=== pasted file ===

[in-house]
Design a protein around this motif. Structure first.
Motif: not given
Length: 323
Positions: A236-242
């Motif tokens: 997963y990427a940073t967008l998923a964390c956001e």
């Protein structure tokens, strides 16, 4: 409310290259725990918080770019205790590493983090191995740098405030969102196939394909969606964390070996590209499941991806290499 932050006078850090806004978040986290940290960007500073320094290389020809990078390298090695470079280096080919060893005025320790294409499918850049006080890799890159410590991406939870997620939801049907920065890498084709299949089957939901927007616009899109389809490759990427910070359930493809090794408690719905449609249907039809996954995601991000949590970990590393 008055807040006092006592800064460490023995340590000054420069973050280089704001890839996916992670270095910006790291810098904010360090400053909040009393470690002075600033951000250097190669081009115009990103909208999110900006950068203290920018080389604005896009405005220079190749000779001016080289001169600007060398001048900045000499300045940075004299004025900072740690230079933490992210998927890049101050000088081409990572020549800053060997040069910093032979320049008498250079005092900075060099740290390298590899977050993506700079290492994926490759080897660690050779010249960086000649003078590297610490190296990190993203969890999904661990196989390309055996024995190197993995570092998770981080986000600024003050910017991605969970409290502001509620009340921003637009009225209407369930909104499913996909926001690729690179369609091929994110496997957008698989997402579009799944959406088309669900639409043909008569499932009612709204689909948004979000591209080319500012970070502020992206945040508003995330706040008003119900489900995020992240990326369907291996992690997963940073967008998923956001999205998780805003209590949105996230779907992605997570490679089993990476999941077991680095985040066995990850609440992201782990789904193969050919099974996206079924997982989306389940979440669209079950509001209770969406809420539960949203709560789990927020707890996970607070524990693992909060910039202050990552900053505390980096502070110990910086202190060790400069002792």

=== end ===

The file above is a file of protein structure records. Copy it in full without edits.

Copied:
[in-house]
Design a protein around this motif. Structure first.
Motif: not given
Length: 323
Positions: A236-242
């Motif tokens: 997963y990427a940073t967008l998923a964390c956001e």
């Protein structure tokens, strides 16, 4: 409310290259725990918080770019205790590493983090191995740098405030969102196939394909969606964390070996590209499941991806290499 932050006078850090806004978040986290940290960007500073320094290389020809990078390298090695470079280096080919060893005025320790294409499918850049006080890799890159410590991406939870997620939801049907920065890498084709299949089957939901927007616009899109389809490759990427910070359930493809090794408690719905449609249907039809996954995601991000949590970990590393 008055807040006092006592800064460490023995340590000054420069973050280089704001890839996916992670270095910006790291810098904010360090400053909040009393470690002075600033951000250097190669081009115009990103909208999110900006950068203290920018080389604005896009405005220079190749000779001016080289001169600007060398001048900045000499300045940075004299004025900072740690230079933490992210998927890049101050000088081409990572020549800053060997040069910093032979320049008498250079005092900075060099740290390298590899977050993506700079290492994926490759080897660690050779010249960086000649003078590297610490190296990190993203969890999904661990196989390309055996024995190197993995570092998770981080986000600024003050910017991605969970409290502001509620009340921003637009009225209407369930909104499913996909926001690729690179369609091929994110496997957008698989997402579009799944959406088309669900639409043909008569499932009612709204689909948004979000591209080319500012970070502020992206945040508003995330706040008003119900489900995020992240990326369907291996992690997963940073967008998923956001999205998780805003209590949105996230779907992605997570490679089993990476999941077991680095985040066995990850609440992201782990789904193969050919099974996206079924997982989306389940979440669209079950509001209770969406809420539960949203709560789990927020707890996970607070524990693992909060910039202050990552900053505390980096502070110990910086202190060790400069002792």